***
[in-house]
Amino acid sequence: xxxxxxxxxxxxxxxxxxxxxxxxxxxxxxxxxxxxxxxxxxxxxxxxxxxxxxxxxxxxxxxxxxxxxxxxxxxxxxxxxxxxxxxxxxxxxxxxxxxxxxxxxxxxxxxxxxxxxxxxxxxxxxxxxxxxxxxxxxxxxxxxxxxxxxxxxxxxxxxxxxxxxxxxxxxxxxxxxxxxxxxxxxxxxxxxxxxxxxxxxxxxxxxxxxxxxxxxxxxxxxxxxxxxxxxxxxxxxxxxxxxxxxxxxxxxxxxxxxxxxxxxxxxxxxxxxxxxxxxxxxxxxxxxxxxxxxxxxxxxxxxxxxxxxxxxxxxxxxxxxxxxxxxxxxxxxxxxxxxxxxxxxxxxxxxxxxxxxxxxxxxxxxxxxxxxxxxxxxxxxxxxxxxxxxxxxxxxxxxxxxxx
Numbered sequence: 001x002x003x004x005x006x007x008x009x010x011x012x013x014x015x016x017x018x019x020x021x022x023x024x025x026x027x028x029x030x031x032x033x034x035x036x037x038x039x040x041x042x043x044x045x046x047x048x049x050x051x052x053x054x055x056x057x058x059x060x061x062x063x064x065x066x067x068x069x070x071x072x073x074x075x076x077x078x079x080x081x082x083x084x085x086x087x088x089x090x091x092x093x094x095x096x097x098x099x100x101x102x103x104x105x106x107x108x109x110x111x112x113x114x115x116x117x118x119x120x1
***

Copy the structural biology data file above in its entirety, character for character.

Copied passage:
[in-house]
Amino acid sequence: xxxxxxxxxxxxxxxxxxxxxxxxxxxxxxxxxxxxxxxxxxxxxxxxxxxxxxxxxxxxxxxxxxxxxxxxxxxxxxxxxxxxxxxxxxxxxxxxxxxxxxxxxxxxxxxxxxxxxxxxxxxxxxxxxxxxxxxxxxxxxxxxxxxxxxxxxxxxxxxxxxxxxxxxxxxxxxxxxxxxxxxxxxxxxxxxxxxxxxxxxxxxxxxxxxxxxxxxxxxxxxxxxxxxxxxxxxxxxxxxxxxxxxxxxxxxxxxxxxxxxxxxxxxxxxxxxxxxxxxxxxxxxxxxxxxxxxxxxxxxxxxxxxxxxxxxxxxxxxxxxxxxxxxxxxxxxxxxxxxxxxxxxxxxxxxxxxxxxxxxxxxxxxxxxxxxxxxxxxxxxxxxxxxxxxxxxxxxxxxxxxxx
Numbered sequence: 001x002x003x004x005x006x007x008x009x010x011x012x013x014x015x016x017x018x019x020x021x022x023x024x025x026x027x028x029x030x031x032x033x034x035x036x037x038x039x040x041x042x043x044x045x046x047x048x049x050x051x052x053x054x055x056x057x058x059x060x061x062x063x064x065x066x067x068x069x070x071x072x073x074x075x076x077x078x079x080x081x082x083x084x085x086x087x088x089x090x091x092x093x094x095x096x097x098x099x100x101x102x103x104x105x106x107x108x109x110x111x112x113x114x115x116x117x118x119x120x1